By Rachael Graf, Community Engagement Coordinator at Outer Banks Forever
While exploring the grounds of Fort Raleigh National Historic Site, you may come across a raised garden bed filled with plants such as corn, beans, squash, sunflowers and herbs, especially in the summer months.
“What is this?” you might ask yourself. “And why is it here?”
This is the new Education Garden, a project made possible through a collaboration between Roanoke Island community members, the National Park Service and Outer Banks Forever, the official nonprofit partner of the three Outer Banks national parks.
“The goal of the garden is to enhance the public’s understanding of Outer Banks history and to help our park better tell the diverse, important stories of the people who shaped our community,” said Jessica Barnes, director of Outer Banks Forever. “The storytelling around the garden also emphasizes the role women played in leading, organizing and performing agriculture.”
The garden is the result of the inspiration and enthusiasm of Mona Currie, a retired nurse and Manteo resident, who is a long-time volunteer with the National Park Service’s VIP (Volunteers in Parks) program at Fort Raleigh and a member of the Roanoke Island Garden Club. Since people of Algonquin, European and African heritage have called, and still call, Roanoke Island home, the crops grown in the garden are intended to help represent and honor those cultures.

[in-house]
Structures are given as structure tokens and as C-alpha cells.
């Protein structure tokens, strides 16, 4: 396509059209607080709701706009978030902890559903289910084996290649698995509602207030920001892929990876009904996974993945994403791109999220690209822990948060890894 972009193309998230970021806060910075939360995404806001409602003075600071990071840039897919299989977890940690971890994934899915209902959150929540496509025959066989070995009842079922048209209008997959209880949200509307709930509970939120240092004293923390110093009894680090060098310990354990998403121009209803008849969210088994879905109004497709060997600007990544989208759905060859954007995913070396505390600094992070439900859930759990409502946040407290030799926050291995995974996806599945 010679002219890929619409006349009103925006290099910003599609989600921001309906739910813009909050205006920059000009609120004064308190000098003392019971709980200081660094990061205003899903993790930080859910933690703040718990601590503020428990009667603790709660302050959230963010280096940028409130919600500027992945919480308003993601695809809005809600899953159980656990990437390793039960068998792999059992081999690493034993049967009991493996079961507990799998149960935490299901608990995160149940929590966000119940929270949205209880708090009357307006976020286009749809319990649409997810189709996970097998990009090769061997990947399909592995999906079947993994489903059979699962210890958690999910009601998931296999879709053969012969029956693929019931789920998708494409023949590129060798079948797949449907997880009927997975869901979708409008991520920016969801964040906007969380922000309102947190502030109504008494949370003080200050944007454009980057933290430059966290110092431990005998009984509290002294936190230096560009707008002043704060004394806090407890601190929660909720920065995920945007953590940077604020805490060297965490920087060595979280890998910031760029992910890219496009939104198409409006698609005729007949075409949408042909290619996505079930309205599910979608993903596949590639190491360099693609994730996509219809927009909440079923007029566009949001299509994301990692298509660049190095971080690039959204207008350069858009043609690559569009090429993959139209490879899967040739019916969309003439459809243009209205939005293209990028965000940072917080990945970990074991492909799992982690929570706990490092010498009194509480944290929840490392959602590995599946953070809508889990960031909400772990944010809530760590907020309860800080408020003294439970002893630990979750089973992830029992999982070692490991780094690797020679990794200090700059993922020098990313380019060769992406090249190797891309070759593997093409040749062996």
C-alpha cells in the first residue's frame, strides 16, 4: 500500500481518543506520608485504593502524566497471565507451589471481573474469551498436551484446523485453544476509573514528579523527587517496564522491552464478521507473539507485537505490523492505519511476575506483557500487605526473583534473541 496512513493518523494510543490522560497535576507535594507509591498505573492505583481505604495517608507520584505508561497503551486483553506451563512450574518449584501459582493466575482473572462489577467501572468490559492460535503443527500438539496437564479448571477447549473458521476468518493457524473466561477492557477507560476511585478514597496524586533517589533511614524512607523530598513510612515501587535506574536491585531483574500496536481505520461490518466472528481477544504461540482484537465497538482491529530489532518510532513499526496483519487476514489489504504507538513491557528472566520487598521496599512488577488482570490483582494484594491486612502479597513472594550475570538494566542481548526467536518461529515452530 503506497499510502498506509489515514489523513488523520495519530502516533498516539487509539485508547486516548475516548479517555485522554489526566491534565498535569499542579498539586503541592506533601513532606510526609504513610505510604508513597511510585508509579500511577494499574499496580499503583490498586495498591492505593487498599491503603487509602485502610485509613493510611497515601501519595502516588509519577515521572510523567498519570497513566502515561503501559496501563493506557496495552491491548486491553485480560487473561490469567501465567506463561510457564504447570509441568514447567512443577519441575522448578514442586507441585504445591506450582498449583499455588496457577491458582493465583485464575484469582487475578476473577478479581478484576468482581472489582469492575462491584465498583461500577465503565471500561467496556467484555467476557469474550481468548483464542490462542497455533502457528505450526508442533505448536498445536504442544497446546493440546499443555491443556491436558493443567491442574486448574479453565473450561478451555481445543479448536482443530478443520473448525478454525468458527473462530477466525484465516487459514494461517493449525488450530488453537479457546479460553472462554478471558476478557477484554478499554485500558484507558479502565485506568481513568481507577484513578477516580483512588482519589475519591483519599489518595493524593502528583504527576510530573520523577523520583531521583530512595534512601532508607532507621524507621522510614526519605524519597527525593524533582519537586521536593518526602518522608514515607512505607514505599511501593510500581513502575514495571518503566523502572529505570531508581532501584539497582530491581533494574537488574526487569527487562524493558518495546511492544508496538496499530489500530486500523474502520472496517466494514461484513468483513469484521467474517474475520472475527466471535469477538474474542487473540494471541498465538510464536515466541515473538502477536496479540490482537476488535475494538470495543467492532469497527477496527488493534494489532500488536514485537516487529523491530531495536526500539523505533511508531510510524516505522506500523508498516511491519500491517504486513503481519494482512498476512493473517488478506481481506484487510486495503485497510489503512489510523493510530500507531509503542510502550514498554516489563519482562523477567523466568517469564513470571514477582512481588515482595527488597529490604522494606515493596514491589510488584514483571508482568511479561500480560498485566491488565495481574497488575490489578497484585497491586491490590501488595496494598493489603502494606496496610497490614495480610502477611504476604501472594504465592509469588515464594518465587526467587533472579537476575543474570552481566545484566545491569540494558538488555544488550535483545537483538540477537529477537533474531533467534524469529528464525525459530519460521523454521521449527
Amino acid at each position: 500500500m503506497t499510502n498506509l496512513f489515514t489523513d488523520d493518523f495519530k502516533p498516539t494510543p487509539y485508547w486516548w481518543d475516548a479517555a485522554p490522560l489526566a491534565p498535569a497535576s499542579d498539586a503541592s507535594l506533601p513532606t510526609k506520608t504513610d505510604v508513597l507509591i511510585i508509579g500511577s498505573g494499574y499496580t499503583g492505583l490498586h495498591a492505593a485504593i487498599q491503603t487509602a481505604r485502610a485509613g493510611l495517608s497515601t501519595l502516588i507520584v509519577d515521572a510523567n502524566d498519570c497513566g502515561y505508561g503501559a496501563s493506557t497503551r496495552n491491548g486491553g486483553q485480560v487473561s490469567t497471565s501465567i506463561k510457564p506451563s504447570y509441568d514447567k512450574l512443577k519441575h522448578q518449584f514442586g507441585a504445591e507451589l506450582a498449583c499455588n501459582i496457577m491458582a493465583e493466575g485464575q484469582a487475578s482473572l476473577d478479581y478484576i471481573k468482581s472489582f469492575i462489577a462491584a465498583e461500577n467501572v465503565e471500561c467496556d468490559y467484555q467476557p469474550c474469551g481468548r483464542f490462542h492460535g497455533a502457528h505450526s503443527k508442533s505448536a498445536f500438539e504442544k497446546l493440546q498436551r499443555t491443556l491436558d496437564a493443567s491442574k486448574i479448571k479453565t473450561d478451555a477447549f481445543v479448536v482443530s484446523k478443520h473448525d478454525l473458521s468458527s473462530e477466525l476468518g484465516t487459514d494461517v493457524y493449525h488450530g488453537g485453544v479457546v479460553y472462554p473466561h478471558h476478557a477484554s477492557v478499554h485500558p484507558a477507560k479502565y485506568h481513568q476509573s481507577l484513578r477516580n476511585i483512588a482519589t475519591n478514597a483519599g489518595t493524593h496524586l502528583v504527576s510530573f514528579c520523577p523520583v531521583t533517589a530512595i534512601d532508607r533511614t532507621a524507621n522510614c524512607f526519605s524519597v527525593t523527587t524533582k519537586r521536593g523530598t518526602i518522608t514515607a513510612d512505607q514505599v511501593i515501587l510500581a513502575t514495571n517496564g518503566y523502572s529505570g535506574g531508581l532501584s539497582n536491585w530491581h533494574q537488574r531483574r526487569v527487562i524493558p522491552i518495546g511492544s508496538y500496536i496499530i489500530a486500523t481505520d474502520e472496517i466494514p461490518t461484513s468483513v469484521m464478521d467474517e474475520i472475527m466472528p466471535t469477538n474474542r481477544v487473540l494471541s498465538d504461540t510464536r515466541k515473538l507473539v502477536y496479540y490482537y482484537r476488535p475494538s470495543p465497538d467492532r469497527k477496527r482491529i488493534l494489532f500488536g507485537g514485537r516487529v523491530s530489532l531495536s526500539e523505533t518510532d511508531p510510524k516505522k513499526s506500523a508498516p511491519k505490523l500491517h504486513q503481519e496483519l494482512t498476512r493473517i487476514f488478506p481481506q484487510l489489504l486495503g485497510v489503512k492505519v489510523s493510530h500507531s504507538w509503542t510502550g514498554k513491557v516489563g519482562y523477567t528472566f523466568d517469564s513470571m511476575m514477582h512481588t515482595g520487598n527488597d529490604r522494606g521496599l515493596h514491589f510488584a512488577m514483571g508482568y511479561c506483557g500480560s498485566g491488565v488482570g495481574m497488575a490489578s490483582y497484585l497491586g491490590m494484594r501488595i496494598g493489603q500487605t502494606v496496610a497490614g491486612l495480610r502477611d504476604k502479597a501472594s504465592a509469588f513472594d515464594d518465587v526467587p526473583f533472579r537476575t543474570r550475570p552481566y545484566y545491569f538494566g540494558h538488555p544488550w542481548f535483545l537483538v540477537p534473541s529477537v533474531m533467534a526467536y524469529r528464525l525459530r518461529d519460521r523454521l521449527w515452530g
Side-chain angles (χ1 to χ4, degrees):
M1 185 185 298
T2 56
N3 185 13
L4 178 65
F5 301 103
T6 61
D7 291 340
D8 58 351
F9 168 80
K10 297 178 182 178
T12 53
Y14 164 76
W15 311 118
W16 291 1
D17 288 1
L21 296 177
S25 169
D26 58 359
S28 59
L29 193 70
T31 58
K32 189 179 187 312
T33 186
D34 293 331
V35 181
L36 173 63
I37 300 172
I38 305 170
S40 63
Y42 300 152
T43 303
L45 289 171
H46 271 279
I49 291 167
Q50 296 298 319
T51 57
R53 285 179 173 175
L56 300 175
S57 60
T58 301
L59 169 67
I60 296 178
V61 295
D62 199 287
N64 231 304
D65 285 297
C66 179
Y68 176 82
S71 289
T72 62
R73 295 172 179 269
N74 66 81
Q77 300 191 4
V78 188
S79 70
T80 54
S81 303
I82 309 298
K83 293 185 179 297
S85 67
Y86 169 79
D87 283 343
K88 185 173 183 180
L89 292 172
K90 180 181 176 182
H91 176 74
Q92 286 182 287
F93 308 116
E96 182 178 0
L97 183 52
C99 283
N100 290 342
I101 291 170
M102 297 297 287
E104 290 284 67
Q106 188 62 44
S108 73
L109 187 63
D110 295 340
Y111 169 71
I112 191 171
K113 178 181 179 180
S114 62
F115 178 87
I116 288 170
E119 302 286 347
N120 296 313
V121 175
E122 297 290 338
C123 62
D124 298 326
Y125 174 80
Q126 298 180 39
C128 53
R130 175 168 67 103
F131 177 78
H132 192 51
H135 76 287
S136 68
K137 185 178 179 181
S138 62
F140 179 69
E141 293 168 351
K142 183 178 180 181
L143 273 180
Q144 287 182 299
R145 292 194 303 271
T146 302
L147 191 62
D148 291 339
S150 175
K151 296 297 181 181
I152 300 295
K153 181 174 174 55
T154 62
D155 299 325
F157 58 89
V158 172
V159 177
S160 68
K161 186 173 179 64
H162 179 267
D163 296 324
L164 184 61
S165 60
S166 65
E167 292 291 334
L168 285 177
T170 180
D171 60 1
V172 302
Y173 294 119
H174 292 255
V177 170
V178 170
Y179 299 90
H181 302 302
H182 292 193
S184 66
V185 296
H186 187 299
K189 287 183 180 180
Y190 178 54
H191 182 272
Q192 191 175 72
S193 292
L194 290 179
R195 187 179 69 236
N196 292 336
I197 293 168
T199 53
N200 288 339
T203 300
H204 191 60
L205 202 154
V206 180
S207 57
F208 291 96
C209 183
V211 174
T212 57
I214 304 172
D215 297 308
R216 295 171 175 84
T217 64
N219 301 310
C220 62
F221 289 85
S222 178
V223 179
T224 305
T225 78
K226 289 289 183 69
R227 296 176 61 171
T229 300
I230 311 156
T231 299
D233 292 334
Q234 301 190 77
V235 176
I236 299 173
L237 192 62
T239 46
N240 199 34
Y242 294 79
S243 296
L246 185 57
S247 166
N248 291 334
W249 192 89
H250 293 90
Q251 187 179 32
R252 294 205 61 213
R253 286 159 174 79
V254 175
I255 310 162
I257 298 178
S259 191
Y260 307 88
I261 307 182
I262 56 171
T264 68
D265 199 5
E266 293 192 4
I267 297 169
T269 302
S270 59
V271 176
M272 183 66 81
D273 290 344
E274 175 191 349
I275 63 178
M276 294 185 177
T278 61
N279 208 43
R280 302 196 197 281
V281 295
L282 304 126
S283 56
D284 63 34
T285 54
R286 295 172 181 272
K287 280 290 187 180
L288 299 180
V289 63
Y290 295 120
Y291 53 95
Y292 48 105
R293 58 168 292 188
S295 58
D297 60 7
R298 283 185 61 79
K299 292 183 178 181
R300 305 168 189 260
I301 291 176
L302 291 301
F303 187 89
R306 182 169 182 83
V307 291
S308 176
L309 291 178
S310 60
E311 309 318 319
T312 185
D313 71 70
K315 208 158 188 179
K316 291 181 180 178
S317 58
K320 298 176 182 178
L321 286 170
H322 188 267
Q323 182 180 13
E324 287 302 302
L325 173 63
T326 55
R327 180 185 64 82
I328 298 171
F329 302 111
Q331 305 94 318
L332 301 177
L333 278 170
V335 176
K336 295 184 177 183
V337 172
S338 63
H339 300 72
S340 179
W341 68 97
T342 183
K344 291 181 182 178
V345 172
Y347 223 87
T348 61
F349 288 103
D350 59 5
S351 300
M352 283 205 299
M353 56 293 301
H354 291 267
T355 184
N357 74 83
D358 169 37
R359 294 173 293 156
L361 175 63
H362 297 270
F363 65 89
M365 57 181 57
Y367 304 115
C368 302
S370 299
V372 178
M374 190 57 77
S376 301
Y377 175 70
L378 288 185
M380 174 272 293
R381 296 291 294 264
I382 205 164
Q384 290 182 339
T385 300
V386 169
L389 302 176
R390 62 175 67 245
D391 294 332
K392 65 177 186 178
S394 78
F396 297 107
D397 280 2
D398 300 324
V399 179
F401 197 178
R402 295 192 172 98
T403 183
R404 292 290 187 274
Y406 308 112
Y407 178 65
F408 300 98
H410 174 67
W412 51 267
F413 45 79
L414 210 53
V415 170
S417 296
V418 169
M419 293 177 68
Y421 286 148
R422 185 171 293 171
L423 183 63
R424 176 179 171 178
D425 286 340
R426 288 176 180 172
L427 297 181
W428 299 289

“I initiated the garden to create a touchable display of life in historic periods on Roanoke Island,” said Currie. “Because children – in particular – remember what they can touch and feel, which helps them connect with the brave souls who lived here in the past.”
Currie is the primary caretaker and storyteller for the garden, something she is passionate about.
“We show visitors how food was grown in various historical periods, explaining, for example, how American Indians grew what are called the ‘Three Sisters’: corn, beans and squash,” said Currie. “Planting them this way lets the plants work together. The corn stalks provide a natural bean pole. The beans can climb and get more sunlight, enabling the bean crop to flourish.
“Some visitors remember hearing this back in elementary school. For others, particularly younger folks, this is new information, and they love that Fort Raleigh is showcasing planting techniques from long ago for them to see and appreciate.”
With the help of Currie, National Park Service employees, community volunteers and funding from Outer Banks Forever donors, the garden was introduced to Fort Raleigh National Historic Site in the summer of 2022, and has been a work in progress ever since. New signs around the garden explain the agricultural contributions and legacies of Algonquian, European and African peoples to the Roanoke Island community and beyond.
“The Education Garden has been an amazing addition to Fort Raleigh,” said Adair Raybon, park ranger with the National Park Service. “We often saw visitors interacting with the garden this year, smelling herbs and counting butterflies. The sunflowers were a huge hit this summer!”
This year, in Currie’s view, was a good year for the garden – but it was not without its challenges.